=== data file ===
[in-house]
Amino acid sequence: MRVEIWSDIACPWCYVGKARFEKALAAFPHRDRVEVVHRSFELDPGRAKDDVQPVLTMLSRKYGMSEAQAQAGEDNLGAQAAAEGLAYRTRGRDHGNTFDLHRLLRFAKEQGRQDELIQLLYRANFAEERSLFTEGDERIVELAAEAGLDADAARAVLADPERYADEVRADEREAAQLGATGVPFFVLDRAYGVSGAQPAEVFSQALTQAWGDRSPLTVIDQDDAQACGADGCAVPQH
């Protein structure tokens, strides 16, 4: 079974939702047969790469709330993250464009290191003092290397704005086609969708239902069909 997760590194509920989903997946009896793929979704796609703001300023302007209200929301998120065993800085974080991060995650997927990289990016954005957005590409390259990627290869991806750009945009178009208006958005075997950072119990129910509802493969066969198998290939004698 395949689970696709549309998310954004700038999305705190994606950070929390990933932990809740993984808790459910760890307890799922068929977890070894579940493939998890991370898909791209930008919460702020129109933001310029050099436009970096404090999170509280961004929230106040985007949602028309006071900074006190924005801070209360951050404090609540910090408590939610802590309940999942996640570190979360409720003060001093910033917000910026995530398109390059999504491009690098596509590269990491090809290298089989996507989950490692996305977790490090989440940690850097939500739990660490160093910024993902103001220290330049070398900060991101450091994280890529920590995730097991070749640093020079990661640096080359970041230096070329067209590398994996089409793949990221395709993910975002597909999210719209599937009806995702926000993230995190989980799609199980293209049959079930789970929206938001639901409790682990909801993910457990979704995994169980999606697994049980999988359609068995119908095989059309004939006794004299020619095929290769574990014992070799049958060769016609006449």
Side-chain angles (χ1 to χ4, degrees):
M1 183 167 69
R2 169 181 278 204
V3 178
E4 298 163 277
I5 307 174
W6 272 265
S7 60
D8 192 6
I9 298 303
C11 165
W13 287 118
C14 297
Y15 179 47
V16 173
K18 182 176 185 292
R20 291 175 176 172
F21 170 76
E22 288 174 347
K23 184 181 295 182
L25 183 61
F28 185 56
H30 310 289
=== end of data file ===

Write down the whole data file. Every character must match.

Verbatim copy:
[in-house]
Amino acid sequence: MRVEIWSDIACPWCYVGKARFEKALAAFPHRDRVEVVHRSFELDPGRAKDDVQPVLTMLSRKYGMSEAQAQAGEDNLGAQAAAEGLAYRTRGRDHGNTFDLHRLLRFAKEQGRQDELIQLLYRANFAEERSLFTEGDERIVELAAEAGLDADAARAVLADPERYADEVRADEREAAQLGATGVPFFVLDRAYGVSGAQPAEVFSQALTQAWGDRSPLTVIDQDDAQACGADGCAVPQH
């Protein structure tokens, strides 16, 4: 079974939702047969790469709330993250464009290191003092290397704005086609969708239902069909 997760590194509920989903997946009896793929979704796609703001300023302007209200929301998120065993800085974080991060995650997927990289990016954005957005590409390259990627290869991806750009945009178009208006958005075997950072119990129910509802493969066969198998290939004698 395949689970696709549309998310954004700038999305705190994606950070929390990933932990809740993984808790459910760890307890799922068929977890070894579940493939998890991370898909791209930008919460702020129109933001310029050099436009970096404090999170509280961004929230106040985007949602028309006071900074006190924005801070209360951050404090609540910090408590939610802590309940999942996640570190979360409720003060001093910033917000910026995530398109390059999504491009690098596509590269990491090809290298089989996507989950490692996305977790490090989440940690850097939500739990660490160093910024993902103001220290330049070398900060991101450091994280890529920590995730097991070749640093020079990661640096080359970041230096070329067209590398994996089409793949990221395709993910975002597909999210719209599937009806995702926000993230995190989980799609199980293209049959079930789970929206938001639901409790682990909801993910457990979704995994169980999606697994049980999988359609068995119908095989059309004939006794004299020619095929290769574990014992070799049958060769016609006449």
Side-chain angles (χ1 to χ4, degrees):
M1 183 167 69
R2 169 181 278 204
V3 178
E4 298 163 277
I5 307 174
W6 272 265
S7 60
D8 192 6
I9 298 303
C11 165
W13 287 118
C14 297
Y15 179 47
V16 173
K18 182 176 185 292
R20 291 175 176 172
F21 170 76
E22 288 174 347
K23 184 181 295 182
L25 183 61
F28 185 56
H30 310 289